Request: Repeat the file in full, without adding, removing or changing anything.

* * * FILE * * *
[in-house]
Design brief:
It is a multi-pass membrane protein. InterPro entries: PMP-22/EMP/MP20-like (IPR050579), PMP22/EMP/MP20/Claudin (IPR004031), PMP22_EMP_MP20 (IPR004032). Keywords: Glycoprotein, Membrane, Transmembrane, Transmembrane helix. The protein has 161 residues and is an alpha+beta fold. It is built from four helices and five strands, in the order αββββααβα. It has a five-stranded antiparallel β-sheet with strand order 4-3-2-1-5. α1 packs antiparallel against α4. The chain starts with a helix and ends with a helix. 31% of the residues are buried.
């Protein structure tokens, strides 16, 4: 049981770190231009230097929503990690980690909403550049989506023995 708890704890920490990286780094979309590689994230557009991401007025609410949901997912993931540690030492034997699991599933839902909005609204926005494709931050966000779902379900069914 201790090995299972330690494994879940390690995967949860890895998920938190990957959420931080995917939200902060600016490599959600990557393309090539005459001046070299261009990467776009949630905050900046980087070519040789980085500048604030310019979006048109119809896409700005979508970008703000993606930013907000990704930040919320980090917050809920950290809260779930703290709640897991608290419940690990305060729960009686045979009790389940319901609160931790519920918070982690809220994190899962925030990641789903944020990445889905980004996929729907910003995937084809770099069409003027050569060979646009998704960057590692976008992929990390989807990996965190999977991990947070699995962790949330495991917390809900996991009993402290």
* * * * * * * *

[in-house]
Design brief:
It is a multi-pass membrane protein. InterPro entries: PMP-22/EMP/MP20-like (IPR050579), PMP22/EMP/MP20/Claudin (IPR004031), PMP22_EMP_MP20 (IPR004032). Keywords: Glycoprotein, Membrane, Transmembrane, Transmembrane helix. The protein has 161 residues and is an alpha+beta fold. It is built from four helices and five strands, in the order αββββααβα. It has a five-stranded antiparallel β-sheet with strand order 4-3-2-1-5. α1 packs antiparallel against α4. The chain starts with a helix and ends with a helix. 31% of the residues are buried.
């Protein structure tokens, strides 16, 4: 049981770190231009230097929503990690980690909403550049989506023995 708890704890920490990286780094979309590689994230557009991401007025609410949901997912993931540690030492034997699991599933839902909005609204926005494709931050966000779902379900069914 201790090995299972330690494994879940390690995967949860890895998920938190990957959420931080995917939200902060600016490599959600990557393309090539005459001046070299261009990467776009949630905050900046980087070519040789980085500048604030310019979006048109119809896409700005979508970008703000993606930013907000990704930040919320980090917050809920950290809260779930703290709640897991608290419940690990305060729960009686045979009790389940319901609160931790519920918070982690809220994190899962925030990641789903944020990445889905980004996929729907910003995937084809770099069409003027050569060979646009998704960057590692976008992929990390989807990996965190999977991990947070699995962790949330495991917390809900996991009993402290």